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Invisible Winds at Egypt’s Great Sphinx Revealed 

air field shape and pressure values
The Line Integral Convolution plane visualized both the air field shape and the the pressure values using colors. Courtesy of Bibliotheca Alexandrina, International School of Information Science/IBM Center for Advanced Studies, Cairo

Secondary phenomenon visualized via stream ribbons
Secondary phenomenon visualized via stream ribbons. Courtesy of Bibliotheca Alexandrina, International School of Information Science/IBM Center for Advanced Studies, Cairo

The Great Sphinx is a monumental statue that is considered the first truly colossal sculpture in Egypt and a national symbol of both ancient and modern Egypt. It would have disappeared long ago had it not been buried under sand for so long. Unfortunately, the now-exposed statue is eroding due to the effects of wind, humidity and the smog from Cairo. Wind is one of the most critical denudation factors causing the erosion, especially when it carries dust.

In order to investigate the formation of the low-speed wind over the Sphinx model, researchers have simulated the wind’s formation by solving 3-D incompressible Navier-Stokes equations on a computational mesh with several millions of points. A collaboration between IBM and Bibliotheca Alexandrina, the work is based upon research conducted in IBM’s Center for Advanced Studies in Cairo.

Virtual Immersive Science and Technology Applications (VISTA) is a project established by the International School of Information Science (ISIS) at Bibliotheca Alexandrina in order to provide an interactive virtual reality environment. The environment allows researchers to transform numerical and 2-D data sets into 3-D simulations and to step into them. The VISTA team has implemented visualization of the researchers’ wind simulation results on a CAVE system using Avizo Wind software’s advanced visualization and analysis tools to provide new insights and better understanding of the data.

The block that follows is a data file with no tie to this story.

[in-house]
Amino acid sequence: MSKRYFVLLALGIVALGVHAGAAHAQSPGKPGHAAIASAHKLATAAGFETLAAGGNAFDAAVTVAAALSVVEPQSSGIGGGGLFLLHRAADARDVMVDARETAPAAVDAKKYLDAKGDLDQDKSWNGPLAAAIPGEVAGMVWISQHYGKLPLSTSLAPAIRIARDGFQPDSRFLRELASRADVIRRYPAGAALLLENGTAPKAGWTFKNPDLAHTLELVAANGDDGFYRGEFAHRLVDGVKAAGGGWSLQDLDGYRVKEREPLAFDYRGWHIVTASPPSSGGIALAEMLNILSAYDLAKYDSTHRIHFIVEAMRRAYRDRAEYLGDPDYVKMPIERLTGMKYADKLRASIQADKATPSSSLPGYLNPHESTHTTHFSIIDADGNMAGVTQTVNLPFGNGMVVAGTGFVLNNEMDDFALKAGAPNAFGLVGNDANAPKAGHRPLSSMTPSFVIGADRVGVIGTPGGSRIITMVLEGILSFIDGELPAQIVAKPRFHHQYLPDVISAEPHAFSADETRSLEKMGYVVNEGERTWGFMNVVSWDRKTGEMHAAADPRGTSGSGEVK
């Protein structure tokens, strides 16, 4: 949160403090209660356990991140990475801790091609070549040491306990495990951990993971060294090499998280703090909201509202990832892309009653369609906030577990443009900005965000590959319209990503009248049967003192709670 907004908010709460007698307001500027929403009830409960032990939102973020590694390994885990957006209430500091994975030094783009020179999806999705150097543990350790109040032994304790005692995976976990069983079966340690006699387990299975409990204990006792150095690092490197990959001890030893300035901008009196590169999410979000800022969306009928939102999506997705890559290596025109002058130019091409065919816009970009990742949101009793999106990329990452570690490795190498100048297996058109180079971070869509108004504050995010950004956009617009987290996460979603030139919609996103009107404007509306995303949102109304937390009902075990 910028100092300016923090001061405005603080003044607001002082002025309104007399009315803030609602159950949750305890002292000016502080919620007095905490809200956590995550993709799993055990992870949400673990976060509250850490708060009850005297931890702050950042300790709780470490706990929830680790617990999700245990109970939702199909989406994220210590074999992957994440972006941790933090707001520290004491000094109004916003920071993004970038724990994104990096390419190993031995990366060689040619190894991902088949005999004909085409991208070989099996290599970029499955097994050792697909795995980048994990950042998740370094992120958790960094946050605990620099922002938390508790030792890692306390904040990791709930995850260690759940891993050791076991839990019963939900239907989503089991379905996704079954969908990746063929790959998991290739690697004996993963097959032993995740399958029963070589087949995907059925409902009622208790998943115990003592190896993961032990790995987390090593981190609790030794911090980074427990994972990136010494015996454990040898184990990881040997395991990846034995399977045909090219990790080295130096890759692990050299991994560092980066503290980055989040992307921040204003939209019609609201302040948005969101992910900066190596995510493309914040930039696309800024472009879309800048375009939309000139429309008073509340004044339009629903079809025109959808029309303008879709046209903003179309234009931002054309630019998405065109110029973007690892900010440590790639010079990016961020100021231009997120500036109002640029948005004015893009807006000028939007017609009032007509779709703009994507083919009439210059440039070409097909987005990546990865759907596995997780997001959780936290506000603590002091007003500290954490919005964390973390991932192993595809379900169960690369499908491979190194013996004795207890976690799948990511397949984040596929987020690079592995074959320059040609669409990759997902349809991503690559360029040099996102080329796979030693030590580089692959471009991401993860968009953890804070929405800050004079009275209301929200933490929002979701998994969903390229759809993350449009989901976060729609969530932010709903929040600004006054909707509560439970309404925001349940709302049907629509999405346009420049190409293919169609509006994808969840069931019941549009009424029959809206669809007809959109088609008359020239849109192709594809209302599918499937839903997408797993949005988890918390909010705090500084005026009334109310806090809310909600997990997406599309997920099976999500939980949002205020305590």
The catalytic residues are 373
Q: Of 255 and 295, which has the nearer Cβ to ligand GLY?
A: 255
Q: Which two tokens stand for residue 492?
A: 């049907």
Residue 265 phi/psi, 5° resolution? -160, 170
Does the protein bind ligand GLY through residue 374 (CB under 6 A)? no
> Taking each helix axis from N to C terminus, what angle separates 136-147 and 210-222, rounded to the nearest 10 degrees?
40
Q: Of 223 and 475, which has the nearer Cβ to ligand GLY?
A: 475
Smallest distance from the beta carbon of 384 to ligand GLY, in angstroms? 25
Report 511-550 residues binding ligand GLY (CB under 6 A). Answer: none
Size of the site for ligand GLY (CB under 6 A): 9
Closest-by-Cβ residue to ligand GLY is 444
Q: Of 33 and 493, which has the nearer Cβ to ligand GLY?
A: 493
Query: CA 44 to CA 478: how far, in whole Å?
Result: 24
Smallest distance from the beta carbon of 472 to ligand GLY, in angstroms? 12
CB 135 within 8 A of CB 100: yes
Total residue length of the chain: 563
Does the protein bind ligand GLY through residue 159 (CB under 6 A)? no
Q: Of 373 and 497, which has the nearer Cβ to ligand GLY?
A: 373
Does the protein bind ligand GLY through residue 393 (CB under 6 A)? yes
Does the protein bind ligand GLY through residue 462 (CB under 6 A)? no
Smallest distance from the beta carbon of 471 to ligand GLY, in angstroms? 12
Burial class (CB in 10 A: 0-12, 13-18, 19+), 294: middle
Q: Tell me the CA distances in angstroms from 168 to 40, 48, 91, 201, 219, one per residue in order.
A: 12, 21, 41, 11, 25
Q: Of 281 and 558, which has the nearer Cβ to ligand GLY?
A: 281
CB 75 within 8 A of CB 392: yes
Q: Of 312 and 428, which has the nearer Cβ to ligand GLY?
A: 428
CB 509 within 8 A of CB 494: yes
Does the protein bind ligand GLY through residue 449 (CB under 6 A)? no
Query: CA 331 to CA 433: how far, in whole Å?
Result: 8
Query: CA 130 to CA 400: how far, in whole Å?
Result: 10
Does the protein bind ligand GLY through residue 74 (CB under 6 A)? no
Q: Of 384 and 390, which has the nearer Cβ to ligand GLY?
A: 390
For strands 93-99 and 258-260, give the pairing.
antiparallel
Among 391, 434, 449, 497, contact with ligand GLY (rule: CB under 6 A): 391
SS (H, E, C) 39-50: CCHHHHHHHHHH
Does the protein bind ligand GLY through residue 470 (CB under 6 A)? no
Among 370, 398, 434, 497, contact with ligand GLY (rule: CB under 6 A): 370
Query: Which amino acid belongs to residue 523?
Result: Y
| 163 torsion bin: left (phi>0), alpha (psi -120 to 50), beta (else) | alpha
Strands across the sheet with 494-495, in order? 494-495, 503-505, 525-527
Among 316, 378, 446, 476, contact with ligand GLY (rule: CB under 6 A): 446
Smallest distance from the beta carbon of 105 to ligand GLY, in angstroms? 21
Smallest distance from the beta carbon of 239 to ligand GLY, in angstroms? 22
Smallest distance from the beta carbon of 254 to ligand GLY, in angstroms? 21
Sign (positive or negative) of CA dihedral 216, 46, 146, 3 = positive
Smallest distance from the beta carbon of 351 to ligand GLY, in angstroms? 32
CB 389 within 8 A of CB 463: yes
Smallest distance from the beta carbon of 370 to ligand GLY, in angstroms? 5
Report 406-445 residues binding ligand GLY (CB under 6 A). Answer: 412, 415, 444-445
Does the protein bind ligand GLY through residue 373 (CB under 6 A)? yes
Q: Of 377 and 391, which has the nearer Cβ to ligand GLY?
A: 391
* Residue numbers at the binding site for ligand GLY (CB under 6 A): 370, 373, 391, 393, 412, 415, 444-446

“The VISTA team has chosen Avizo Wind because of its ability to display and manipulate meaningful graphics representations of natural phenomena. Using Avizo Wind, VISTA is able to use advanced visualization techniques to understand complex simulation data.”

VISTA CAVE system displaying 3-D stereoscopic images
VISTA Computer Aided Virtual Environment system displaying 3-D stereoscopic images in an immersive environment. Courtesy of Bibliotheca Alexandrina, International School of Information Science/IBM Center for Advanced Studies, Cairo
Vorticity magnitude on the Sphinx surface is mapped to colors
Vorticity magnitude on the Sphinx surface is mapped to colors. Courtesy of Bibliotheca Alexandrina, International School of Information Science/IBM Center for Advanced Studies, Cairo

Thanks to the calculation and visualization of complex algorithms, the researchers are able to see the invisible and to better understand the degradation of the Great Sphinx. Key algorithms used in this project include

Stream Ribbons: The CAVE system helps scientists to study phenomena, such as the secondary phenomena at the corners and cavities of the left of the statue. It is not possible to study such phenomena using traditional methods.

Line Integral Convolution (LIC) Algorithm: This algorithm is useful to visualize the shape of the air flow as well as the pressure values. This helps to emphasize the non-existence of dynamic load due to low speed northwest wind acting on the head.

Illuminated Stream Lines (ISL) Algorithm: ISL Algorithm provides a 3-D animated representation of the whole air flow field. The CAVE system allows the user to get immersed inside the ISL field, which gives better insights and, hence, understanding of it than the 2-D screens.

Vorticity: The vorticity magnitude (a measure of the friction stress) on the surface of the statue is visualized as color contours on the Sphinx surface. The Sphinx’s weak areas, which are the left shoulder and the top of the hunches, are exposed to maximum wind friction. The back of the head and the top of the trunk are also considered vulnerable areas.

For further information: http://vista.bibalex.org

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